Besides attending college full time, Winter worked full time at night to support himself. He held various jobs during that period, including a position as security guard at the Lutheran Medical Center in Brooklyn and delivering the New York Times in Mill Basin. During his last two years at NYU, he landed a job as a doorman on the Upper East Side, which allowed him to study and write his papers for school.
He was a doorman but he’d long had dreams of being the guy a doorman held the door for. As a teenager, he would wander around the Kings Plaza mall, specifically the upscale furniture department in Macy’s. This provided motivation to keep pushing forward. He believed the only two professions that would make money involved medical or legal. Since being a doctor was out of the question, he opted for law school. But a seed may have been planted as a journalism professor, Jerry Schwartz, wrote a letter of recommendation for Winter, but it also included a private note encouraging him to become a writer.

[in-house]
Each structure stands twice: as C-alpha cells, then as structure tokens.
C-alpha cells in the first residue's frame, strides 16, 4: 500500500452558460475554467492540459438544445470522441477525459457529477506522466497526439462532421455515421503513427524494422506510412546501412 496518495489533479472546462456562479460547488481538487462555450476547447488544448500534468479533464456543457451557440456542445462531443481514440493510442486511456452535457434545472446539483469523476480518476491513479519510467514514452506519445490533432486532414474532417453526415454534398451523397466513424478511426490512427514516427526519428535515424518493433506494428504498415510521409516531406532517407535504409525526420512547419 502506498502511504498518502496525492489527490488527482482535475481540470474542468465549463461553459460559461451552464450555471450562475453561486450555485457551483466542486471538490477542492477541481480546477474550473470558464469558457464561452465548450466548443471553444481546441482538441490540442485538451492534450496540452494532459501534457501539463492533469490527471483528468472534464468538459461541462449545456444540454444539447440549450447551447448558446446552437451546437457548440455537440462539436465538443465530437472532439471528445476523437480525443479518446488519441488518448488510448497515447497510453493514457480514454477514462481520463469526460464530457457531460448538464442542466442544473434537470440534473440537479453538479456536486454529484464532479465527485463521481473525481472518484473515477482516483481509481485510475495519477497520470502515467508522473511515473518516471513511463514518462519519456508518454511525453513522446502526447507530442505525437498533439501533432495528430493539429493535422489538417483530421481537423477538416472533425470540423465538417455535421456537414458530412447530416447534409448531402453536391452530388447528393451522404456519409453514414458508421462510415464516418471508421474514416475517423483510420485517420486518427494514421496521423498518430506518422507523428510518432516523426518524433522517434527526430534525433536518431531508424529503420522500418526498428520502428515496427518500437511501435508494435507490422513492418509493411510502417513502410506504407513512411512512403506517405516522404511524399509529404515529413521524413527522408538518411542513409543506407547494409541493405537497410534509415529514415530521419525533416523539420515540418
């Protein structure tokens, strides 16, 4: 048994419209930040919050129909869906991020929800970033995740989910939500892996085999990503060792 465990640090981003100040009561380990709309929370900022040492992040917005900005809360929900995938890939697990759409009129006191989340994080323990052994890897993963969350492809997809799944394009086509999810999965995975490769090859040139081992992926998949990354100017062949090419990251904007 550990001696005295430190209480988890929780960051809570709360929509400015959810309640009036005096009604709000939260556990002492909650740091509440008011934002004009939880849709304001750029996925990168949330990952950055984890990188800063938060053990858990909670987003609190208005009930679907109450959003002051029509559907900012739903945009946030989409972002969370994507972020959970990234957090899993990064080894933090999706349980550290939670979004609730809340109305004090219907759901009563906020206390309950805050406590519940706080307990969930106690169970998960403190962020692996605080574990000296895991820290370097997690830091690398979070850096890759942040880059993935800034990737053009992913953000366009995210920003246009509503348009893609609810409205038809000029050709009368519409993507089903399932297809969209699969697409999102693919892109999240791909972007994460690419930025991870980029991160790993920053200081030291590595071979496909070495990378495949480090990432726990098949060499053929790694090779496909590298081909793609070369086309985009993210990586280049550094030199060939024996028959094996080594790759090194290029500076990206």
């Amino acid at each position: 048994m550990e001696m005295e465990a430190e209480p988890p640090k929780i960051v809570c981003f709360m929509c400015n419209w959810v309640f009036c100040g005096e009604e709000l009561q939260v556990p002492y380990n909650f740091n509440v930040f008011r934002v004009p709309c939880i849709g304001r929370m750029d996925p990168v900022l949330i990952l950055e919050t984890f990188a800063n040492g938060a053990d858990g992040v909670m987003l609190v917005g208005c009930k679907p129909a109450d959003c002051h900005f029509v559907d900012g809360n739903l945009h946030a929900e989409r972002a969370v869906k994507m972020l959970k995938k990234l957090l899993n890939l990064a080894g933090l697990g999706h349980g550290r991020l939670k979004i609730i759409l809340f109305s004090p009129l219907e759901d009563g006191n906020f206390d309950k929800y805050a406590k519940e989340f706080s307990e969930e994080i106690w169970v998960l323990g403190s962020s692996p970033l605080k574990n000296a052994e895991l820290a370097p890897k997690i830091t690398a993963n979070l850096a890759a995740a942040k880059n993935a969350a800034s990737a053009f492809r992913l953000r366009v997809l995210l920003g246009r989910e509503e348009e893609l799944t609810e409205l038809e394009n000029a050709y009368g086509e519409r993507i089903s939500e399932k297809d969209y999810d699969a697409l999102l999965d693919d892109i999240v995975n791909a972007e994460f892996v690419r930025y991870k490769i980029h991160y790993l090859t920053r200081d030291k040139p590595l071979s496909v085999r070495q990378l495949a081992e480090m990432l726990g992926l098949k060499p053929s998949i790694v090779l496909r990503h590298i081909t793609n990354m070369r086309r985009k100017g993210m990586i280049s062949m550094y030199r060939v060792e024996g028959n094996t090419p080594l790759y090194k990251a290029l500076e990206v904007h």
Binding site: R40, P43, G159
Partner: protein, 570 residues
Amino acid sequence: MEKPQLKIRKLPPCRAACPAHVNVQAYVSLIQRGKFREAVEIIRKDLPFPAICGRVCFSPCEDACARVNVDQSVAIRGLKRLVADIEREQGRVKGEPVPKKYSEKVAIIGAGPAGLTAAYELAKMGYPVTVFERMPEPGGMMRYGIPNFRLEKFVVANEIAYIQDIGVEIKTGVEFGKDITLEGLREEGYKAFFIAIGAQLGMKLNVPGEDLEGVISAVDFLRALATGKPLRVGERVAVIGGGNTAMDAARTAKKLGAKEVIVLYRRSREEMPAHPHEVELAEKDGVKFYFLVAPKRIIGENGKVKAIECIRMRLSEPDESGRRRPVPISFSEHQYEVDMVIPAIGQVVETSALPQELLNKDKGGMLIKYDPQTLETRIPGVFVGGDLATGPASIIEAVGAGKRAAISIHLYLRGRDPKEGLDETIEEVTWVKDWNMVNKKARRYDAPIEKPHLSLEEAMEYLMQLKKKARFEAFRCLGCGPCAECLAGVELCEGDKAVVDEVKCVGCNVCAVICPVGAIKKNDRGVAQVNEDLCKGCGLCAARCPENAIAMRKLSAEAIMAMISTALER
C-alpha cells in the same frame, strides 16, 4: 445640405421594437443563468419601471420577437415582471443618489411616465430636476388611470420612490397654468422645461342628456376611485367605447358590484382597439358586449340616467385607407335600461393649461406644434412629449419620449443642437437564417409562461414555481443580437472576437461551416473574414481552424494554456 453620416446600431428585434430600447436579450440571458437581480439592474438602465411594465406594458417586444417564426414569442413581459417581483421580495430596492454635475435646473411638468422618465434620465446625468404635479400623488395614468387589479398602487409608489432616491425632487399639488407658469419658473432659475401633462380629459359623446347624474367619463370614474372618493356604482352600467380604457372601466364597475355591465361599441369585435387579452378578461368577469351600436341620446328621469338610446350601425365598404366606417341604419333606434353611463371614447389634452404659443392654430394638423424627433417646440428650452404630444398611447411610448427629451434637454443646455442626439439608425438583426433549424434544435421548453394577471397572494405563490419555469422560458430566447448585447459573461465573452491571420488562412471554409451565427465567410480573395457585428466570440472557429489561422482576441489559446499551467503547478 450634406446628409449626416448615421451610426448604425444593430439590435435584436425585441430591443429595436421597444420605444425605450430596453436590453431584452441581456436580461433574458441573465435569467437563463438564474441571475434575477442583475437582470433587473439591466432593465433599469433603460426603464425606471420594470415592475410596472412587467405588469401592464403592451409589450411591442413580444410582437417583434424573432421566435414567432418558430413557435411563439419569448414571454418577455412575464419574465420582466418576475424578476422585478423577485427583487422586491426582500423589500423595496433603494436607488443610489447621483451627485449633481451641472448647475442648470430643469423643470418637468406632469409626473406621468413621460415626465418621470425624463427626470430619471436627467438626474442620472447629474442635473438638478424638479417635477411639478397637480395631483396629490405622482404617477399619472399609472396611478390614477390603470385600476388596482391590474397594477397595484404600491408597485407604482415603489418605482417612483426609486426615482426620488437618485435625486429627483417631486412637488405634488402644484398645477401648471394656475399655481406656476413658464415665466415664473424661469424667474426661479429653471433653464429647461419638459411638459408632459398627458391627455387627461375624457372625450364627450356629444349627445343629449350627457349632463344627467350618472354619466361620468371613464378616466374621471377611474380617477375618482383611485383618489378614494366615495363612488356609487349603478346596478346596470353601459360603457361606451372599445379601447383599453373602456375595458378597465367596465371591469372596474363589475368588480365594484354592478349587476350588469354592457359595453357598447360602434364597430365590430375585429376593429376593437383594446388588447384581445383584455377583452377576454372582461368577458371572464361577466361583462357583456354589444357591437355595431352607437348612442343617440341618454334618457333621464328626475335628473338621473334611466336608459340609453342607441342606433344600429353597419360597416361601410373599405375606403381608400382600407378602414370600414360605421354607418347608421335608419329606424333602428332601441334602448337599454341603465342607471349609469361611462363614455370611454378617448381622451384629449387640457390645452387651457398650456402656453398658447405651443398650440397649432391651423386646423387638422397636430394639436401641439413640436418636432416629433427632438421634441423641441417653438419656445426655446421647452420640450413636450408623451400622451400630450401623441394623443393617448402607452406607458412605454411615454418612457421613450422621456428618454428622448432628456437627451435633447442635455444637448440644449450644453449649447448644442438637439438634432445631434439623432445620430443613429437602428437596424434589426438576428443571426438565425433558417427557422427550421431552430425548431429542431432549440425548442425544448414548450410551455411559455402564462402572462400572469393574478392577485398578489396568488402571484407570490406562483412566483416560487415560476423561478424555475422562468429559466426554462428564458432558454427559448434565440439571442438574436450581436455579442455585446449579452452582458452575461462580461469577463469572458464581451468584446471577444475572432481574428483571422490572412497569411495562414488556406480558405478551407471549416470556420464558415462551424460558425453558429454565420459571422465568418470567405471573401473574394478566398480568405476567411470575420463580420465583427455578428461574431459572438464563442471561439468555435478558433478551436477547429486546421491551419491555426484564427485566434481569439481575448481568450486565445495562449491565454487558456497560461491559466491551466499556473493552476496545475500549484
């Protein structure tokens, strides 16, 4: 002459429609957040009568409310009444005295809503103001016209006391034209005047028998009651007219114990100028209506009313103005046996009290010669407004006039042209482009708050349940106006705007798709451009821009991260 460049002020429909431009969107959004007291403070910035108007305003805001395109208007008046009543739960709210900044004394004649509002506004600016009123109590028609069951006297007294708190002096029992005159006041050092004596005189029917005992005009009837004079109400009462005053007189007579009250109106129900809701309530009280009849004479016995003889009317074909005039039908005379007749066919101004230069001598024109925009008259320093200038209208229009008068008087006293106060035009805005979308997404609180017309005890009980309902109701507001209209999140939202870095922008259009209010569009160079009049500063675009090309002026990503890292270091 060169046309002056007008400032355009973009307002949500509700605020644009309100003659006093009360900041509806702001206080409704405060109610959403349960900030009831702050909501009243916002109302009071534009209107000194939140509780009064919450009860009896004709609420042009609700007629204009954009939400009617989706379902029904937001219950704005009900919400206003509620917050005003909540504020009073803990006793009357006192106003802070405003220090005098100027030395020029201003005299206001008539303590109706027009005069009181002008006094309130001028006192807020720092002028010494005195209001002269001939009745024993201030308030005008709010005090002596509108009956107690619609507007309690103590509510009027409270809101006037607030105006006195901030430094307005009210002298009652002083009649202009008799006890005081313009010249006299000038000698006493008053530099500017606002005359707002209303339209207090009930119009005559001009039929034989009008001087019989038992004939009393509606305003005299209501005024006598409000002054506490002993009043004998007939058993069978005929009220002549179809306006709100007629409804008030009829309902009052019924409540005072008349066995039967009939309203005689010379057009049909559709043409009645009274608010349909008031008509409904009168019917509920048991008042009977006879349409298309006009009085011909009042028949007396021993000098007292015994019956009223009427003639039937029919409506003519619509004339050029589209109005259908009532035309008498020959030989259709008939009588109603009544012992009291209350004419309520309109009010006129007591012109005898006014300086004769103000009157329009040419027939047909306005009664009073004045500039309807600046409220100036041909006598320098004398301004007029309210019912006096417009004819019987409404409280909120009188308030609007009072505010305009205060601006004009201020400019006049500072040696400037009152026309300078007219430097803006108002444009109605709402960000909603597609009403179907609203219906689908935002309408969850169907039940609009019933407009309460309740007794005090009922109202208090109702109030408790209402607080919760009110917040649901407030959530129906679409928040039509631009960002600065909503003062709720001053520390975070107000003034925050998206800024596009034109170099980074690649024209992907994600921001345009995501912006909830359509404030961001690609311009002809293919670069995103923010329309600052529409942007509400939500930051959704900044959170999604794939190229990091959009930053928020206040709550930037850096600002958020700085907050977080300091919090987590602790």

Winter enrolled in Saint John’s University Law School, graduating in 1988, but with an ever-growing pile of student debt. He went on to graduate, and pass the New York State and Connecticut Bar exams.
He landed a job in Merrill Lynch’s legal department in the World Financial Center in lower Manhattan. Winter was present for the stock market crash on October 19, 1987, ironically the same day that Jordan Belfort (Wolf of Wall Street) was laid off from L.F. Rothschild, down the street.
At that point, Winter was interested in an Assistant District Attorney job in Brooklyn. But being $75,000 in debt at this point, he opted for work at another law firm offering higher pay but a fairly certain road to boredom.